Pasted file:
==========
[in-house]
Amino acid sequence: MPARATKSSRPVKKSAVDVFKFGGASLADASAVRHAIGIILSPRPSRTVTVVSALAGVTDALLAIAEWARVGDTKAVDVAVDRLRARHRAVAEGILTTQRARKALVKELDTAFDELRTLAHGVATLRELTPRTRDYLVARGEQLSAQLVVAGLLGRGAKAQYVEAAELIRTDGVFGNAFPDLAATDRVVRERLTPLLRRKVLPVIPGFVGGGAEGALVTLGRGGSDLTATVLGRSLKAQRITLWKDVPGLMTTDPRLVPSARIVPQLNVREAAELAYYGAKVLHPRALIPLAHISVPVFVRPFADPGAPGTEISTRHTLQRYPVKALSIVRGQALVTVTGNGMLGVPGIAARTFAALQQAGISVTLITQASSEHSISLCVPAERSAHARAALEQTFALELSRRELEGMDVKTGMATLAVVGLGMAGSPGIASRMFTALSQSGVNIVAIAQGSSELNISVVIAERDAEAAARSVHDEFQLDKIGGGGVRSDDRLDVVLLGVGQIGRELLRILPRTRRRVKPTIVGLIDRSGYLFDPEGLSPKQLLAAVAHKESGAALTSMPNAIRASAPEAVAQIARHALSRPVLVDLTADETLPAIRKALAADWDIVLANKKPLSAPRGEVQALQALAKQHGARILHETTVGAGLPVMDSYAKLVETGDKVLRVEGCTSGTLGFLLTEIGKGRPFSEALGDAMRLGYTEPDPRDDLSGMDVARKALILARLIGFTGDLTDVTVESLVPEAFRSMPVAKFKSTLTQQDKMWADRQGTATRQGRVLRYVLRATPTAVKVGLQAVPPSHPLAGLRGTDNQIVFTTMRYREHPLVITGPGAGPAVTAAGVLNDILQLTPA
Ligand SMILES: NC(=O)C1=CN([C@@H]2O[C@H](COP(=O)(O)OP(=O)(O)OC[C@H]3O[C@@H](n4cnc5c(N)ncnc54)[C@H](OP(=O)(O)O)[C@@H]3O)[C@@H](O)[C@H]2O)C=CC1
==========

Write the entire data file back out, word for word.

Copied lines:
[in-house]
Amino acid sequence: MPARATKSSRPVKKSAVDVFKFGGASLADASAVRHAIGIILSPRPSRTVTVVSALAGVTDALLAIAEWARVGDTKAVDVAVDRLRARHRAVAEGILTTQRARKALVKELDTAFDELRTLAHGVATLRELTPRTRDYLVARGEQLSAQLVVAGLLGRGAKAQYVEAAELIRTDGVFGNAFPDLAATDRVVRERLTPLLRRKVLPVIPGFVGGGAEGALVTLGRGGSDLTATVLGRSLKAQRITLWKDVPGLMTTDPRLVPSARIVPQLNVREAAELAYYGAKVLHPRALIPLAHISVPVFVRPFADPGAPGTEISTRHTLQRYPVKALSIVRGQALVTVTGNGMLGVPGIAARTFAALQQAGISVTLITQASSEHSISLCVPAERSAHARAALEQTFALELSRRELEGMDVKTGMATLAVVGLGMAGSPGIASRMFTALSQSGVNIVAIAQGSSELNISVVIAERDAEAAARSVHDEFQLDKIGGGGVRSDDRLDVVLLGVGQIGRELLRILPRTRRRVKPTIVGLIDRSGYLFDPEGLSPKQLLAAVAHKESGAALTSMPNAIRASAPEAVAQIARHALSRPVLVDLTADETLPAIRKALAADWDIVLANKKPLSAPRGEVQALQALAKQHGARILHETTVGAGLPVMDSYAKLVETGDKVLRVEGCTSGTLGFLLTEIGKGRPFSEALGDAMRLGYTEPDPRDDLSGMDVARKALILARLIGFTGDLTDVTVESLVPEAFRSMPVAKFKSTLTQQDKMWADRQGTATRQGRVLRYVLRATPTAVKVGLQAVPPSHPLAGLRGTDNQIVFTTMRYREHPLVITGPGAGPAVTAAGVLNDILQLTPA
Ligand SMILES: NC(=O)C1=CN([C@@H]2O[C@H](COP(=O)(O)OP(=O)(O)OC[C@H]3O[C@@H](n4cnc5c(N)ncnc54)[C@H](OP(=O)(O)O)[C@@H]3O)[C@@H](O)[C@H]2O)C=CC1